Matters of Interpretation

Sunday, February 10, 2008

Michael Getler's review of Jacob Weisberg's The Bush Tragedy (Book World, Jan. 20) cites what Weisberg describes as my "conspiracy theories" about Saddam Hussein's involvement in 9/11. In his book, Weisberg provides just one fact that I supposedly used: "her tantalizing suggestion that the 9/11 ringleader Mohammed Atta had met with Iraqi intelligence officers in Prague."

That is not my "conspiracy theory." It belongs to Edward Jay Epstein. Czech authorities originally suggested Atta had met with Iraqi intelligence, and Epstein did the most to develop that -- in Slate, which Weisberg edits.

Nor was that point particularly important to my argument, which focused on Ramzi Yousef, mastermind of the first assault on the World Trade Center ( Study of Revenge, my book on the subject, was among Book World's "Expert's Picks" on Oct. 21, 2001). Subsequently, U.S. authorities identified Khalid Sheikh Mohammed as the mastermind of 9/11 and explained that he was Yousef's uncle. Both men are originally from Baluchistan -- as is Ammar al-Baluchi, another of Mohammed's nephews, who served as Mohammed's "right-hand man" in carrying out the 9/11 attacks. Saddam's Iraq had extensive ties with the Sunni Baluch, whom it used during its war with Shi'a Iran. This remarkable terrorist family is the truly "tantalizing" point regarding Iraq and 9/11.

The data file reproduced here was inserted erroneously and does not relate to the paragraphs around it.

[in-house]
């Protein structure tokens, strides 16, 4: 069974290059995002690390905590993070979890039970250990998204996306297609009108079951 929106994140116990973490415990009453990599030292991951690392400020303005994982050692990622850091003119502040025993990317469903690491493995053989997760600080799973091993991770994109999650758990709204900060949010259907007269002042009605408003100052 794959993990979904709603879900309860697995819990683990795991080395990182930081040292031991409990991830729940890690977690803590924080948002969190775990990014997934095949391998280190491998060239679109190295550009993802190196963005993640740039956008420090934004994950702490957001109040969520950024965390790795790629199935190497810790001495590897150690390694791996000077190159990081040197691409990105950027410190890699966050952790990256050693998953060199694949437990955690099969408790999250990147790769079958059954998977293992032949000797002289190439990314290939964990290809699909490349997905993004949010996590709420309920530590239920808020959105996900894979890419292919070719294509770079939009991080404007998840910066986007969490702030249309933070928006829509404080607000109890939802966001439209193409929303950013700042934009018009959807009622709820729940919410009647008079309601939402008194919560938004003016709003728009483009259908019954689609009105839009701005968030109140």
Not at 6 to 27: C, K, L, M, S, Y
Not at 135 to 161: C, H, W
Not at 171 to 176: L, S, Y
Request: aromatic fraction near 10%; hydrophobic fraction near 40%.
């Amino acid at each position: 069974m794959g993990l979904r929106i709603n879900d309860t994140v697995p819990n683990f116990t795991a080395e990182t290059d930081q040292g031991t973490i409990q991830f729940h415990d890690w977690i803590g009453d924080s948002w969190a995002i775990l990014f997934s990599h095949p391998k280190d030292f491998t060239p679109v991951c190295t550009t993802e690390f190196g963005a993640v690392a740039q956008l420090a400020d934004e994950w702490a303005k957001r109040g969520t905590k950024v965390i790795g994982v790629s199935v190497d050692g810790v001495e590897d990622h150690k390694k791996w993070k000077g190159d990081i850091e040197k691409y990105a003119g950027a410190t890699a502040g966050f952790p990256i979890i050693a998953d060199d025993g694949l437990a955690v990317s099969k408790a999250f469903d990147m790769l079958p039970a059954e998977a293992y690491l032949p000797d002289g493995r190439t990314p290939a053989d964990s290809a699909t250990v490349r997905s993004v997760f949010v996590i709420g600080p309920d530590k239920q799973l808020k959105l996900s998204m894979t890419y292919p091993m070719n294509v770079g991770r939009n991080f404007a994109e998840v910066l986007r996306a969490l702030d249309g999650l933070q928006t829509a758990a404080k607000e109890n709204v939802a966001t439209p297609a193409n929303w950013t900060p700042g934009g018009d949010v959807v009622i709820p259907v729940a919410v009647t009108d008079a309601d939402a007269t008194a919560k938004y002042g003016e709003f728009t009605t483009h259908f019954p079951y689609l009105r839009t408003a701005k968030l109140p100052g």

American Enterprise Institute

Washington D.C.

I was amazed to see Bhutan cited as one of the happiest places on earth in Daniel Gilbert's review of Eric Weiner's The Geography of Bliss (Book World, Jan. 20). It might interest your readers to know that, according to the U.S. Department of State, 60,000 Bhutanese refugees will soon be resettled in the United States. More than 107,000 Bhutanese have been living in refugee camps in Nepal for the past 17 years. Many wish to return to Bhutan but are unable to do so. So much for the "bliss factor" of that nation!



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